Last week we introduced the topic of overeating in the Bible, looking at Paul’s example of buffeting (disciplining) his body as to not be disqualified from the prize. The surrounding context of this verse (I Corinthians 9:27) is a 3 chapter discourse on the topic of food. Paul had mastered his body, making it his slave — rather than being a slave to his body.
I Corinthians 9:27 is one among many verses that teach the principle of self-discipline. And while we can do nothing apart from Christ, we can do all things through His strength. Paul, however, when talking about disciplining his body, does not highlight Christ’s work (though necessary) in the process. Rather, Paul highlights that he is the one who is responsible to master his body. He is actively, presently, and actually making his body a slave. Read more about that here.
Now we will present 7 Bible verses that address the topic of self-control and food.
- Proverbs 13:25: “The righteous has enough to satisfy his appetite, But the stomach of the wicked is in need.”
- This verse first demonstrates that God provides food for the righteous.
- Second it demonstrates that God provides enough food to satisfy. The word satisfy in this verse is so-bah in the Hebrew and it means full. It is elsewhere translated abundance and fully satisfied.
- Third it reveals that eating to our fill is not sinful and wrong, nor is it overeating. Eating till we are fully satisfied is a gift from God. He doesn’t want us to eat just a little.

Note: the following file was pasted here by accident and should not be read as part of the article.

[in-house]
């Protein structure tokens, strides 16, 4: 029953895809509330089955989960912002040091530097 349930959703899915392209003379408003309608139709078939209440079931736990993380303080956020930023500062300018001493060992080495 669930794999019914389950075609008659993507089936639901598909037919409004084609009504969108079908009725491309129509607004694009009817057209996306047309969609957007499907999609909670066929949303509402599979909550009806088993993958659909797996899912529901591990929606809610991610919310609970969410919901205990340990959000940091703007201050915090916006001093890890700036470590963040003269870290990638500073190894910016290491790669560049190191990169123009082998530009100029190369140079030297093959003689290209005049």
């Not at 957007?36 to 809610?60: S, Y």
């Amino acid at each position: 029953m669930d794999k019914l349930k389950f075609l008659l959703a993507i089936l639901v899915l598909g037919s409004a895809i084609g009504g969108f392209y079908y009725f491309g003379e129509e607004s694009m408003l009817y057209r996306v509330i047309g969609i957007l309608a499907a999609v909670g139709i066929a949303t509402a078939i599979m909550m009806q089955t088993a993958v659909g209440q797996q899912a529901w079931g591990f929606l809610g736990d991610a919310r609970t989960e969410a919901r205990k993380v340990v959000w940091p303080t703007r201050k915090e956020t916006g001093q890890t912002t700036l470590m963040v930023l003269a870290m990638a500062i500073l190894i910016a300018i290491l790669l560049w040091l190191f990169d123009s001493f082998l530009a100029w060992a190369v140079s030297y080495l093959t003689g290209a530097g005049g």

- Proverbs 23:1-3: “When you sit down to dine with a ruler, consider carefully what is before you, And put a knife to your throat if you are a man of great appetite. Do not desire his delicacies, for it is deceptive food.”
- Robert Alden writes of this verse: “What you do at a banquet or elegant dinner tells others what kind of person you are. The ruler who hosts a dinner has a sharp eye on his guests. Some are so awed by the elegant surroundings and rich array of food that they will probably miss out on the real purpose of the evening. Others will overeat, thereby revealing greed and overindulgence. Wise men, however, will eat with moderation and restraint, constantly aware of what the host is asking of them.”
- Matthew Henry writes, “God’s restraints of the appetite only say, Do thyself no harm.”
- These two commentaries demonstrate that one reason for not over indulging on food is to keep the body from harm. Indeed overeating is unhealthy for the body and the soul.
- Proverbs 25:16: “Have you found honey? Eat only what you need, that you not have it in excess and vomit it.”
- Honey is praised in the Bible as a good food. Yet eating too much is not good for the body.
- This is an apt warning against excesses in all sweeteners and all things good.
- Matthew Henry writes again, “God has given us leave to use grateful things, but we are cautioned against excess.”
- Galatians 5:22-24: But the fruit of the Spirit is love, joy, peace, patience, kindness, goodness, faithfulness, gentleness, self-control; against such things there is no law. Now those who belong to Christ Jesus have crucified the flesh with its passions and desires.